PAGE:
The last day of summer is quickly approaching, and with it comes the end of Cirque du Soleil’s Washington run. The new touring production Amaluna closes Sunday, September 21, and for Cirque fans it’s well worth the trip to National Harbor—both because the show is highly entertaining, and because it’s the company’s first to feature a majority female cast and an all-female band.
Created by Diane Paulus, the Tony Award-winning director of Pippin and The Gershwins’ Porgy and Bess, the work is set on a mystical island ruled by goddesses, whose tranquil environment is shaken up by the arrival of a crew of shipwrecked male sailors. The story borrows some elements from Shakespeare’s The Tempest—the main character is Prospera, who supervises her daughter Miranda’s coming of age and romance with one of the sailors, Romeo; and the mischievous Caliban becomes Calli, a human-lizard hybrid whose love for Miranda drives him to wicked acts. But the story takes a back seat to Cirque’s usual highlights: elaborate costumes (by Mérédith Caron), original music, and awe-inspiring feats of physicality.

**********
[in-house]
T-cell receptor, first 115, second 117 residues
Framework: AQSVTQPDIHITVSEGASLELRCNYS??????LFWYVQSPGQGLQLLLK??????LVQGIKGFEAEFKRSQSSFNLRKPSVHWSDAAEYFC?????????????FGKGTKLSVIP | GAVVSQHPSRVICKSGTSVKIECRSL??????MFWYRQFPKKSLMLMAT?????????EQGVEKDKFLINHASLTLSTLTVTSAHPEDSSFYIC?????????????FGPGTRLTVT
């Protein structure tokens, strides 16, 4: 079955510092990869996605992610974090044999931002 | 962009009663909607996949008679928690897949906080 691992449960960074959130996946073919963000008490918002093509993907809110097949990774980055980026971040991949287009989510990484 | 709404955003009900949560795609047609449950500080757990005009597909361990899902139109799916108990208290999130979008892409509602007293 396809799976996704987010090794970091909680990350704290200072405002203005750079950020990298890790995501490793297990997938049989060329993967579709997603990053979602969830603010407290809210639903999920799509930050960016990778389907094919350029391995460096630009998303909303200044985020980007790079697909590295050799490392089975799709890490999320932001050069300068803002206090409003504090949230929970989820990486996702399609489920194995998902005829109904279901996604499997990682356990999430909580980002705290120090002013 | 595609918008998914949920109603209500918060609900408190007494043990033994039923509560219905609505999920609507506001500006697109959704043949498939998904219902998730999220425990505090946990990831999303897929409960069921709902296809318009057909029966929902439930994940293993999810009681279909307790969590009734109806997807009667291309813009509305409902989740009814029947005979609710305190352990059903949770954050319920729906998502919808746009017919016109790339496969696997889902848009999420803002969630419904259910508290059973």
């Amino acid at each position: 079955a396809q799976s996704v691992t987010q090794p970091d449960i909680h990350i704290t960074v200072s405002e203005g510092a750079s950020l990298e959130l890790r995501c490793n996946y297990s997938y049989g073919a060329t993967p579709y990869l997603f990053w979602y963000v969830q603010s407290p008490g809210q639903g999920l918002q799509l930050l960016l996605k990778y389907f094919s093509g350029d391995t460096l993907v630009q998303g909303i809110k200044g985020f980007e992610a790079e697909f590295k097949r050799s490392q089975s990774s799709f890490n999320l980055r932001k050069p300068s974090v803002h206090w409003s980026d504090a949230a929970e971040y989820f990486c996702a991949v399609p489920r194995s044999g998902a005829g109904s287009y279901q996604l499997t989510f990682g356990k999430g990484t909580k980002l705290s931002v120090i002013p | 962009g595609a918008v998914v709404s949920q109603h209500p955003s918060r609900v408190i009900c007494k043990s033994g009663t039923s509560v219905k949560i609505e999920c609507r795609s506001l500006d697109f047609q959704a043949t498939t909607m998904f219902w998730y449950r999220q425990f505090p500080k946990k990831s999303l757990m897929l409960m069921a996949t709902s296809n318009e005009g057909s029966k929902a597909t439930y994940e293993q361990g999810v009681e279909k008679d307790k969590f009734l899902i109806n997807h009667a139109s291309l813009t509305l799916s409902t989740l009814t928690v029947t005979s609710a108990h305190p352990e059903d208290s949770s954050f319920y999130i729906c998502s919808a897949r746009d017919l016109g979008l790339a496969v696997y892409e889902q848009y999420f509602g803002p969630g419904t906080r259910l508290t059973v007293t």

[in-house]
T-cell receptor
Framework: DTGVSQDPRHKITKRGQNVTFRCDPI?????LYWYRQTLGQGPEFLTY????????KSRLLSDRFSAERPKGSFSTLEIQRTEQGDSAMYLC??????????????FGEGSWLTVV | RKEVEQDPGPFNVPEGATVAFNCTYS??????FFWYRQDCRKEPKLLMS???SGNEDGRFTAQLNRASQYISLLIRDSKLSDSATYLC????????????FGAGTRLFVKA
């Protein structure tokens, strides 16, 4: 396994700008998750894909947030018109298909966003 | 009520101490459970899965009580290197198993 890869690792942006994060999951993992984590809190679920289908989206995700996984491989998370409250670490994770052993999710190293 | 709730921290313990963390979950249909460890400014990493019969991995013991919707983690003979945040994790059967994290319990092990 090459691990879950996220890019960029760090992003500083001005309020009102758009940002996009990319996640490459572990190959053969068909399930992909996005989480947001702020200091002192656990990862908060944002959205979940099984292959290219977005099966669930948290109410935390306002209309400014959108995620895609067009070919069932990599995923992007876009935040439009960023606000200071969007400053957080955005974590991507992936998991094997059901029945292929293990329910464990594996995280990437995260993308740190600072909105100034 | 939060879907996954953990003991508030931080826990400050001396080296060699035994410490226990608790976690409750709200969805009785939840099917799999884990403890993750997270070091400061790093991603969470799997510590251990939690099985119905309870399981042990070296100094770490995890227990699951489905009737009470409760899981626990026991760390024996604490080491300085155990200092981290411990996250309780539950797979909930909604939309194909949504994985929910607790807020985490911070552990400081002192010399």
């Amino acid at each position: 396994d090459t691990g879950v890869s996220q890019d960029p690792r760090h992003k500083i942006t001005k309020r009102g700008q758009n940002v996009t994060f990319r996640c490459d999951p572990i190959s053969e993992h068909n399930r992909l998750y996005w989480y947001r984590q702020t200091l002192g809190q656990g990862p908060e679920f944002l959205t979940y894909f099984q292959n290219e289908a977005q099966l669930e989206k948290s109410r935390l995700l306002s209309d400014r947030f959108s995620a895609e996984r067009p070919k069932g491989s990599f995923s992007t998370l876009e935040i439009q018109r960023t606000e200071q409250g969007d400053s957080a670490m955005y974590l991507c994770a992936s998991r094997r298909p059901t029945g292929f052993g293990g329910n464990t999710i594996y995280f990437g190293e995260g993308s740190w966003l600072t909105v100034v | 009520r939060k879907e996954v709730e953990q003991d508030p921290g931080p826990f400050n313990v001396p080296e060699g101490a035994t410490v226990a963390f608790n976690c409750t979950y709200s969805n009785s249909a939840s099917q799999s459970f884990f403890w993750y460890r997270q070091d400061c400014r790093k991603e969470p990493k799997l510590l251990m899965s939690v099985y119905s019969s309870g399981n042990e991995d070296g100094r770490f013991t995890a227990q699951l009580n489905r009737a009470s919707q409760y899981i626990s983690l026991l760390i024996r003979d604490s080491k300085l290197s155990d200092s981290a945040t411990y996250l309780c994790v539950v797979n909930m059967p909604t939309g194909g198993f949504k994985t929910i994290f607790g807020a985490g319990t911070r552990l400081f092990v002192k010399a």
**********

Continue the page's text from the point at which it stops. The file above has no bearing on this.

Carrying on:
The focus on women performers was decided early on, says the show’s artistic director, Rachel Lancaster. “Circus shows tend to be around 70 percent male, so quite early on, reversing that ratio was one of the primary ideas Diane wanted to promote within her creation.” The next step, she says, was to find acts that required a large number of female performers, and the search turned up not just aerial artists and acrobats but also a transfixing balancing act that made for the most suspenseful part of the show. There’s even a sly hint of male objectification: Romeo, attempting to reach the captured Miranda, performs a routine with a Chinese pole that elicited gasps from the audience—and then successfully ascends the pole only after removing his shirt, earning a smattering of chuckles.
Perhaps one of the most impressive elements, though is the band. Led by Julie McInnes, who plays Prospera, and including a spiky-haired guitarist who looks straight out of Rock Band, the musicians showcase skills every bit as extraordinary as the other performers, and provide the heartbeat that keeps the show alive. If Amaluna is any measure, here’s hoping Cirque du Soleil carries the female focus into future productions.